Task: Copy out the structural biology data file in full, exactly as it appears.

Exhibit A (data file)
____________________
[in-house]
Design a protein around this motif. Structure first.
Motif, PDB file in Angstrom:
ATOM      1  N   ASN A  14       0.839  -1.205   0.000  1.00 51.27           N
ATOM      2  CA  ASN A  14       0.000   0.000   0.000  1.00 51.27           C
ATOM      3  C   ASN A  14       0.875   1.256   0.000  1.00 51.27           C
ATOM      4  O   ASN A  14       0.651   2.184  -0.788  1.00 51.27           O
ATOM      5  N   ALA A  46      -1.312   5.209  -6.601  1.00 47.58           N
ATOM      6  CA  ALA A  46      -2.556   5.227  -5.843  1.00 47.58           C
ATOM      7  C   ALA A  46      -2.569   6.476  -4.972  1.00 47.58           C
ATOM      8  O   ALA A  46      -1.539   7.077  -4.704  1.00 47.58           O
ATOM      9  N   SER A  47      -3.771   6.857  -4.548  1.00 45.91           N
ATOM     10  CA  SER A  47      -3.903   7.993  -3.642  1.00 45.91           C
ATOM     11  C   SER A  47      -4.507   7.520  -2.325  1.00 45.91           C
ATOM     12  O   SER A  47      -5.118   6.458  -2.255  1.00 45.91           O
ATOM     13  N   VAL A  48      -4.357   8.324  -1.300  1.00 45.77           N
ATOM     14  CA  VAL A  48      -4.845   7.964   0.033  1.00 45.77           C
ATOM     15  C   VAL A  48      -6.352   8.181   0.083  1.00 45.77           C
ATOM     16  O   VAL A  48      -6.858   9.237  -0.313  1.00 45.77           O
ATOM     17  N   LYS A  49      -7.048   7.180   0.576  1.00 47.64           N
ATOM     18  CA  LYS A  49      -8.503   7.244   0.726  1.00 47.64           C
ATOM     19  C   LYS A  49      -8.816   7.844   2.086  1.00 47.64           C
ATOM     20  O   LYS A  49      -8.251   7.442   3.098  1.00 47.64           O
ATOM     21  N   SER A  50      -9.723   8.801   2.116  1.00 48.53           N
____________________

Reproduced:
[in-house]
Design a protein around this motif. Structure first.
Motif, PDB file in Angstrom:
ATOM      1  N   ASN A  14       0.839  -1.205   0.000  1.00 51.27           N
ATOM      2  CA  ASN A  14       0.000   0.000   0.000  1.00 51.27           C
ATOM      3  C   ASN A  14       0.875   1.256   0.000  1.00 51.27           C
ATOM      4  O   ASN A  14       0.651   2.184  -0.788  1.00 51.27           O
ATOM      5  N   ALA A  46      -1.312   5.209  -6.601  1.00 47.58           N
ATOM      6  CA  ALA A  46      -2.556   5.227  -5.843  1.00 47.58           C
ATOM      7  C   ALA A  46      -2.569   6.476  -4.972  1.00 47.58           C
ATOM      8  O   ALA A  46      -1.539   7.077  -4.704  1.00 47.58           O
ATOM      9  N   SER A  47      -3.771   6.857  -4.548  1.00 45.91           N
ATOM     10  CA  SER A  47      -3.903   7.993  -3.642  1.00 45.91           C
ATOM     11  C   SER A  47      -4.507   7.520  -2.325  1.00 45.91           C
ATOM     12  O   SER A  47      -5.118   6.458  -2.255  1.00 45.91           O
ATOM     13  N   VAL A  48      -4.357   8.324  -1.300  1.00 45.77           N
ATOM     14  CA  VAL A  48      -4.845   7.964   0.033  1.00 45.77           C
ATOM     15  C   VAL A  48      -6.352   8.181   0.083  1.00 45.77           C
ATOM     16  O   VAL A  48      -6.858   9.237  -0.313  1.00 45.77           O
ATOM     17  N   LYS A  49      -7.048   7.180   0.576  1.00 47.64           N
ATOM     18  CA  LYS A  49      -8.503   7.244   0.726  1.00 47.64           C
ATOM     19  C   LYS A  49      -8.816   7.844   2.086  1.00 47.64           C
ATOM     20  O   LYS A  49      -8.251   7.442   3.098  1.00 47.64           O
ATOM     21  N   SER A  50      -9.723   8.801   2.116  1.00 48.53           N